Wyatt in Wichita: A Historical Novel by John Shirley
Skyhorse Publishing, 2014
Available: Paperback, Kindle edition, audiobook download
Wyatt in Wichita is a novel I have been reading about for a long time. John Shirley, while known as both a horror and science fiction author, transcends genre in almost everything he writes, and I was intrigued to learn that he had been working on a historical novel set in the Wild West.
Shirley’s fascination with the legendary lawman Wyatt Earp was the seed for this novel, which is based in solid historical research. Focused on a lesser known aspect of Earp’s life, this novel is a fictionalized account of his search for the murderer of a girl from Wichita. Shirley uses the plot as a tool to explore Earp’s character. While legend sometimes paints a black-and-white picture of Earp as a hero, or villain, Shirley uses shades of grey. While the novel has plenty of action, it is, above all, a character study.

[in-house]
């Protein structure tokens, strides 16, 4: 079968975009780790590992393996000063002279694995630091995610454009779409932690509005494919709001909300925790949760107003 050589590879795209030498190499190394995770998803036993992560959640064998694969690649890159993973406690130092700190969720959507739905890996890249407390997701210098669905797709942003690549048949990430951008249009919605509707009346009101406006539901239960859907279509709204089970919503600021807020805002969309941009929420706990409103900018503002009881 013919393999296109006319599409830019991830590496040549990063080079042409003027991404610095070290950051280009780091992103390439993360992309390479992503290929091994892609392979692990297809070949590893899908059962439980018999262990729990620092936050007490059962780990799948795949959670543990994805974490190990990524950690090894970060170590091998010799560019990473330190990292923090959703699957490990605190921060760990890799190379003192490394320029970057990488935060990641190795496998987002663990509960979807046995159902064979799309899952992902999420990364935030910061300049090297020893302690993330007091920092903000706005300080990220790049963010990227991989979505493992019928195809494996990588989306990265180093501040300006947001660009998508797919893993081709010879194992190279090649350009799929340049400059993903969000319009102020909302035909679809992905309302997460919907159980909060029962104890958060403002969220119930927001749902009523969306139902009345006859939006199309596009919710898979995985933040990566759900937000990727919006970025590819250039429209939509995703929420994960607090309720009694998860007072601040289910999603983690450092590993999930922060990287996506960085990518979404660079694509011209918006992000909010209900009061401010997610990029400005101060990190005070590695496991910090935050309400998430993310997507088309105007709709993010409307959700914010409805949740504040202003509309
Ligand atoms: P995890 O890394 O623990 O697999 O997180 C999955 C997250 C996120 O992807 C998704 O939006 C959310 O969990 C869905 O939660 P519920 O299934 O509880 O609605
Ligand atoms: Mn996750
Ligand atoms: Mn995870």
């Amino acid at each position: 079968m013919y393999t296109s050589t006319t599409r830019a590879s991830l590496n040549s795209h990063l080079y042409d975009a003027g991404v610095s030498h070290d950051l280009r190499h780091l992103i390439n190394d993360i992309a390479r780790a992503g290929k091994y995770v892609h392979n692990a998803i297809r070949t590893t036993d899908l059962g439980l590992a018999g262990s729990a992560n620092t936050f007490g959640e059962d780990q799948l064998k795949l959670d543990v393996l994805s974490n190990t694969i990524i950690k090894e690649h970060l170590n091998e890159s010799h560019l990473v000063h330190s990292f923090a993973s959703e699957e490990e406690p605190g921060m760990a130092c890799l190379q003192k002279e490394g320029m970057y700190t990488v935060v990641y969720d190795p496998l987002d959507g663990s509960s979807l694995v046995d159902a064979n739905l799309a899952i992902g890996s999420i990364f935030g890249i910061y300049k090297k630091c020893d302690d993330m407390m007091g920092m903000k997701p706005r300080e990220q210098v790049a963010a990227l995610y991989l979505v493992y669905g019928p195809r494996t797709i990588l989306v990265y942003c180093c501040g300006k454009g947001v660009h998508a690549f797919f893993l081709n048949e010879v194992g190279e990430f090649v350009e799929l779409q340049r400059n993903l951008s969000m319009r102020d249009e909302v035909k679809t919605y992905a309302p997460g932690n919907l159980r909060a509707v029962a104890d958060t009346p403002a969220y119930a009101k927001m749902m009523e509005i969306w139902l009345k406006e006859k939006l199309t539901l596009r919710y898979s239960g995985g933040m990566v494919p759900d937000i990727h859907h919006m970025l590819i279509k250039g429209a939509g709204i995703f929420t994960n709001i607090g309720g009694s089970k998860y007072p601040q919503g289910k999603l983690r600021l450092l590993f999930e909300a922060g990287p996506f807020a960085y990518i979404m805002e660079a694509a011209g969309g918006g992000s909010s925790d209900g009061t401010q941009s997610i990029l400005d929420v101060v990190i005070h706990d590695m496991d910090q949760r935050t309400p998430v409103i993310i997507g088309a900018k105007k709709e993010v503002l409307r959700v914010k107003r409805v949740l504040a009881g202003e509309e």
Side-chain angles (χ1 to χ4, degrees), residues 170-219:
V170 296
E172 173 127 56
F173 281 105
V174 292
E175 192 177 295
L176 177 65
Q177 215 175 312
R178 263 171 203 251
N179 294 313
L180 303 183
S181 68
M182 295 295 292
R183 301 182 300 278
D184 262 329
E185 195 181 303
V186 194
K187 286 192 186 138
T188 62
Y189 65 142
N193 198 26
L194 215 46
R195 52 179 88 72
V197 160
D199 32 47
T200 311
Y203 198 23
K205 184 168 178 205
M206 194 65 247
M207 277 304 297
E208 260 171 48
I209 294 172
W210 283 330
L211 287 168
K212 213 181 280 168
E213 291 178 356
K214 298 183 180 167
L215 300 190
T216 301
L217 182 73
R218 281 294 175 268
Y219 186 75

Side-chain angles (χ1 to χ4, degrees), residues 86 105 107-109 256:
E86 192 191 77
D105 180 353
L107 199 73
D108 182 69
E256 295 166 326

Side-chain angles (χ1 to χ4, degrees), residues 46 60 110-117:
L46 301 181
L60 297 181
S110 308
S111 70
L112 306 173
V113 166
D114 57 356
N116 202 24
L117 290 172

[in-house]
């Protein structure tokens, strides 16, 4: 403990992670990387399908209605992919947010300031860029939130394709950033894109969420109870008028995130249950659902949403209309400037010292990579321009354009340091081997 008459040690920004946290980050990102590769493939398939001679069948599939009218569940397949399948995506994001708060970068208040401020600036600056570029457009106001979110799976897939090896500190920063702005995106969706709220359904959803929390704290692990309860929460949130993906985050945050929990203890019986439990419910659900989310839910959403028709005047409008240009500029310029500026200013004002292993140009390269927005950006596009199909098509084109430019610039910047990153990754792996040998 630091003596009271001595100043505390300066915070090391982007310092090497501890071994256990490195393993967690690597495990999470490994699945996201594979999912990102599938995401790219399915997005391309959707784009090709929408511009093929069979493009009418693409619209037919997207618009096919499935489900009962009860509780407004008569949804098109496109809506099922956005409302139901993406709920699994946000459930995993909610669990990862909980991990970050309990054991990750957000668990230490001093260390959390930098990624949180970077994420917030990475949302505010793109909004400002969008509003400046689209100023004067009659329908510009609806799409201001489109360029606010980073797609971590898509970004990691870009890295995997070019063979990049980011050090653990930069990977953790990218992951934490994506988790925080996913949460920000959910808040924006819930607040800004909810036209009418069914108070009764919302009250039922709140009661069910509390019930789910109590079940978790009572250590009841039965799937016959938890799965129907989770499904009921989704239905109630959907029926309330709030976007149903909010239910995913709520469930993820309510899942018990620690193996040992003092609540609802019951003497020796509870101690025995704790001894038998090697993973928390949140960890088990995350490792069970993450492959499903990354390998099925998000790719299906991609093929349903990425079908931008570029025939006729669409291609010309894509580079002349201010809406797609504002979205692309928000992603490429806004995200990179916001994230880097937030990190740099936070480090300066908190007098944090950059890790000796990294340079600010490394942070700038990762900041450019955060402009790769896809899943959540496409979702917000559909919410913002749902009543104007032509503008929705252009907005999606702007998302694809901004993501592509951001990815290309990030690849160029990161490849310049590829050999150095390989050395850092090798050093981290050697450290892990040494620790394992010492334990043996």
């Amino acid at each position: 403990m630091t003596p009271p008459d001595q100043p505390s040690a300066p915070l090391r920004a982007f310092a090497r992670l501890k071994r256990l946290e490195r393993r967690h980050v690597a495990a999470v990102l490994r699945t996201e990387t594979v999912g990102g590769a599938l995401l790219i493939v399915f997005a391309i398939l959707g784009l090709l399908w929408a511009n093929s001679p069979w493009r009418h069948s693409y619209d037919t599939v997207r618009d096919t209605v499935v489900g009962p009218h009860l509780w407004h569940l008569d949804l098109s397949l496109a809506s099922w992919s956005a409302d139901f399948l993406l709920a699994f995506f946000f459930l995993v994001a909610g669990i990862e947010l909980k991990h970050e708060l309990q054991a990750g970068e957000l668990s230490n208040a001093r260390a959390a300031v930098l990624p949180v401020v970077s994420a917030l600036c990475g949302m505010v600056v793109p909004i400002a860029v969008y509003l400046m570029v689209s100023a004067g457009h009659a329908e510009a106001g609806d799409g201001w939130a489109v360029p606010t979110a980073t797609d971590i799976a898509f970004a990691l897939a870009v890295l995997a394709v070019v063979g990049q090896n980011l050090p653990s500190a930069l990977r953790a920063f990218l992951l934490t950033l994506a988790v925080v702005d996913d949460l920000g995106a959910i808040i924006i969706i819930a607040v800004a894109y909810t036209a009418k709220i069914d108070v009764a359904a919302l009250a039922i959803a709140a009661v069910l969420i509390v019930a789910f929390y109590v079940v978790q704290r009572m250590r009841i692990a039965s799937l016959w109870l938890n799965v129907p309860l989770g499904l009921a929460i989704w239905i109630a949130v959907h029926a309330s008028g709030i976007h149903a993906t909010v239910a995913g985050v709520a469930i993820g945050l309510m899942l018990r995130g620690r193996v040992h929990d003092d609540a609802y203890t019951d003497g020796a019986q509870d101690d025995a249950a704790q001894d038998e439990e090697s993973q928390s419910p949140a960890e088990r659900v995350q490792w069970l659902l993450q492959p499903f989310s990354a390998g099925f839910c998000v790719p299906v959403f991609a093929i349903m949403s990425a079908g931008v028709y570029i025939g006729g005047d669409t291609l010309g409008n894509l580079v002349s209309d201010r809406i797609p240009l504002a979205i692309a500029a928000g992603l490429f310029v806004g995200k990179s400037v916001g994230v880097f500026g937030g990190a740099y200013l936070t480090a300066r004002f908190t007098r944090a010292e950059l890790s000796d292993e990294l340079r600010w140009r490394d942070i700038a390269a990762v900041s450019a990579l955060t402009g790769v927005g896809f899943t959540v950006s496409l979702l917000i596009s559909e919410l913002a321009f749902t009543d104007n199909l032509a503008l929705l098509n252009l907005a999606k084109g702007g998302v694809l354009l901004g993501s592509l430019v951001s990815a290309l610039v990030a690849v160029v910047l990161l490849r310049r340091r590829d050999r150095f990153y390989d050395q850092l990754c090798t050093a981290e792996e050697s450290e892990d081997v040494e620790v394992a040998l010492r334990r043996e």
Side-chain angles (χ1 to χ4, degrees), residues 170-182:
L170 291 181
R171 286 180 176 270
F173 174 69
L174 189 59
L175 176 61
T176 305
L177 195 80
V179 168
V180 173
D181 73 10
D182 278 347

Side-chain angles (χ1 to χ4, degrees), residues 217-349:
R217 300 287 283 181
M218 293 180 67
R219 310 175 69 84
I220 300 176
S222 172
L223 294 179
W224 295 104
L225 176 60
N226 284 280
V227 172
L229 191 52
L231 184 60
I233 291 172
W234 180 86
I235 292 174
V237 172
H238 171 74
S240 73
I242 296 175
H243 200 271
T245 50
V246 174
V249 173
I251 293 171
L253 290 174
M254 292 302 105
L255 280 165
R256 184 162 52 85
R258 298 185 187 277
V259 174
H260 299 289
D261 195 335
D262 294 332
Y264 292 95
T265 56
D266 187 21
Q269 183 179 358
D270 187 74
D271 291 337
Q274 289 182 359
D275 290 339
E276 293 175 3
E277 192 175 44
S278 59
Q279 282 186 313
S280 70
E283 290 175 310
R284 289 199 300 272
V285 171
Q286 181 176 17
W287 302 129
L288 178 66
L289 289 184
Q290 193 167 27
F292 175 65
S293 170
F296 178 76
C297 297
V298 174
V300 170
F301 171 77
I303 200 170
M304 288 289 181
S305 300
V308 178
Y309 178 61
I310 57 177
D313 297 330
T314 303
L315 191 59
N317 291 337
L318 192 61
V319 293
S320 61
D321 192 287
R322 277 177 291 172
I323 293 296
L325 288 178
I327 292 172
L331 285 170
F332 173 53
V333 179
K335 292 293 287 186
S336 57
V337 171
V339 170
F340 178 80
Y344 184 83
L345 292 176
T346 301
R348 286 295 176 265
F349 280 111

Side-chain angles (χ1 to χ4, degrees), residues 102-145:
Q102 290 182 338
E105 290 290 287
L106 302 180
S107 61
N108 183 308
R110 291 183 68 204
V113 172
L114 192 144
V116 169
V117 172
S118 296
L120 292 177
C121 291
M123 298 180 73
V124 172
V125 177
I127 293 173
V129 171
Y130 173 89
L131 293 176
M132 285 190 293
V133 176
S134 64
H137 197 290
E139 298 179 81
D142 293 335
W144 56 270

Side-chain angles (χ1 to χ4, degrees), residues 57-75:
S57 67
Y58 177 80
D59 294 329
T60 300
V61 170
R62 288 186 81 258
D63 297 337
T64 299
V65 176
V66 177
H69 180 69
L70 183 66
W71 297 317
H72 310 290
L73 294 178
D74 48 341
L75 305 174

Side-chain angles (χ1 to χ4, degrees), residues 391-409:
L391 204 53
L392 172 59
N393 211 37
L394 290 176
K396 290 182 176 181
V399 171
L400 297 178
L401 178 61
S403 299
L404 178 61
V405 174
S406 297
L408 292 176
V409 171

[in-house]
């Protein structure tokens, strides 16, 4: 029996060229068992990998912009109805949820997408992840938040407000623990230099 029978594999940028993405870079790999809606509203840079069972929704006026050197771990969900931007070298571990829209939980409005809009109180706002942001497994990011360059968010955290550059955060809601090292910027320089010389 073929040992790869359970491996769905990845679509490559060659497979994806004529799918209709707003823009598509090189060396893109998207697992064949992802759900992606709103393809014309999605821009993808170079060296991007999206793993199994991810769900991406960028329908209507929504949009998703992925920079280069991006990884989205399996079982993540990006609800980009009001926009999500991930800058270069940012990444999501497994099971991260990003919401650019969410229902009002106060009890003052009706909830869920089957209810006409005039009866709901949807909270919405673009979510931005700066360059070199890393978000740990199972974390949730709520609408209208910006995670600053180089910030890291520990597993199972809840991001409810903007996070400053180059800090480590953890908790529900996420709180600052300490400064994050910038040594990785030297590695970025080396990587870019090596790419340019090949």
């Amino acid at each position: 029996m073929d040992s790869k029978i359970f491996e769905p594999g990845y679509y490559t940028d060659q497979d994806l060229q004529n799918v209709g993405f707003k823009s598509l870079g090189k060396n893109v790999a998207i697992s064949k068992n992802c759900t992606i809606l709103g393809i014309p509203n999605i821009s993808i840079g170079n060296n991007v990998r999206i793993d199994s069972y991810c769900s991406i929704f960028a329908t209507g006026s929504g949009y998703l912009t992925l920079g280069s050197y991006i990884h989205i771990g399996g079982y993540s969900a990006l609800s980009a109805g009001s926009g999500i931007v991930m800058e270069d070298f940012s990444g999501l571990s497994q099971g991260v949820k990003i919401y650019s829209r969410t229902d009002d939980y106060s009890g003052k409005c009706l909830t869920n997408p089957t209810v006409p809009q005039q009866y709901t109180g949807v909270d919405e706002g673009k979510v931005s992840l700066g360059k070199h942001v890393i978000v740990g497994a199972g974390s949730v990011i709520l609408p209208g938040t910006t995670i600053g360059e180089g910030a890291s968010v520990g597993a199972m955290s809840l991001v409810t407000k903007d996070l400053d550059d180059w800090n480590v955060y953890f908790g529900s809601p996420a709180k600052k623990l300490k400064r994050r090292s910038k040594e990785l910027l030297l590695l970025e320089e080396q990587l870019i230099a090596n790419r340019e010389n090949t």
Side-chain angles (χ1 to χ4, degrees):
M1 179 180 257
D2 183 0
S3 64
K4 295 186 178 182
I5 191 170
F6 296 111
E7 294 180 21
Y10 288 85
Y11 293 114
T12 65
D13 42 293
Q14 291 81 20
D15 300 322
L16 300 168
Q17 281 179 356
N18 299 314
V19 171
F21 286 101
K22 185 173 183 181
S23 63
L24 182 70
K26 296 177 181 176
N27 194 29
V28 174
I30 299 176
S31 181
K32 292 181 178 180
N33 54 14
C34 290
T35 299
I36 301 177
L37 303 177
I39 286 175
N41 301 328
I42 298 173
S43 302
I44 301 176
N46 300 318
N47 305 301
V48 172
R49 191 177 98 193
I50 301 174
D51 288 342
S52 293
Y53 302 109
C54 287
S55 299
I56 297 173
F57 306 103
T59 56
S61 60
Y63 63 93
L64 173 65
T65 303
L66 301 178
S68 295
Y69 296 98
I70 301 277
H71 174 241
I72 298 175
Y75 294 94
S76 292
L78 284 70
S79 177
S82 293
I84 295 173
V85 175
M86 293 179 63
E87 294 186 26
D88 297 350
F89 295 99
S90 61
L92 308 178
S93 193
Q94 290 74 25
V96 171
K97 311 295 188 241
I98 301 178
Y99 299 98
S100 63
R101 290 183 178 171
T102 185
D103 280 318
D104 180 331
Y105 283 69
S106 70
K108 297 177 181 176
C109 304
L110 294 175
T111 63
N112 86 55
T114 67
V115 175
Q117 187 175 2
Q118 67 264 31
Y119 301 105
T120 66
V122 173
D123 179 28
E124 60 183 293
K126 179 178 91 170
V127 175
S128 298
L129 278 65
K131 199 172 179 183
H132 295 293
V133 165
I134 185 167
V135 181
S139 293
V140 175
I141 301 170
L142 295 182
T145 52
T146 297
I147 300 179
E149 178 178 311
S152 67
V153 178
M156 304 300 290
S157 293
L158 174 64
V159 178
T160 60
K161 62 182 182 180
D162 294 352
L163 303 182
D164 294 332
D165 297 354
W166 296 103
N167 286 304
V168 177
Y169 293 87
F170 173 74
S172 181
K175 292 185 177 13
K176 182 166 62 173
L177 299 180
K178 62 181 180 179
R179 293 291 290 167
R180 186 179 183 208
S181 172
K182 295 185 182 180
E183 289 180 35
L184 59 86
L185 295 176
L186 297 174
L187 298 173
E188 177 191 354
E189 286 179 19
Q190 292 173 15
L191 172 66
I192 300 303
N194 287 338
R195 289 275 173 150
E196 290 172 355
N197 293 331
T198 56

While a historical novel is a departure for the writer whose stories were once called “Lollipops of Pain”, Shirley delivers, with his intense view of the world expressed through this new setting and genre. His use of tiny details sets the tone effectively. While description can overwhelm a story and slow the pacing, Shirley’s writing remains fluid. All the elements of a successful Western are here: period accurate action, engulfing natural landscapes that jumped off the page, and characters that made me a little uncomfortable.
Authors writing outside of their traditional genres often have trouble getting their readers to follow them. Wyatt in Wichita is an excellent choice to get readers to step outside their genre and try something a little different. This should be in any library with a serious eye to western and historical fiction.
Reviewed by David Agranoff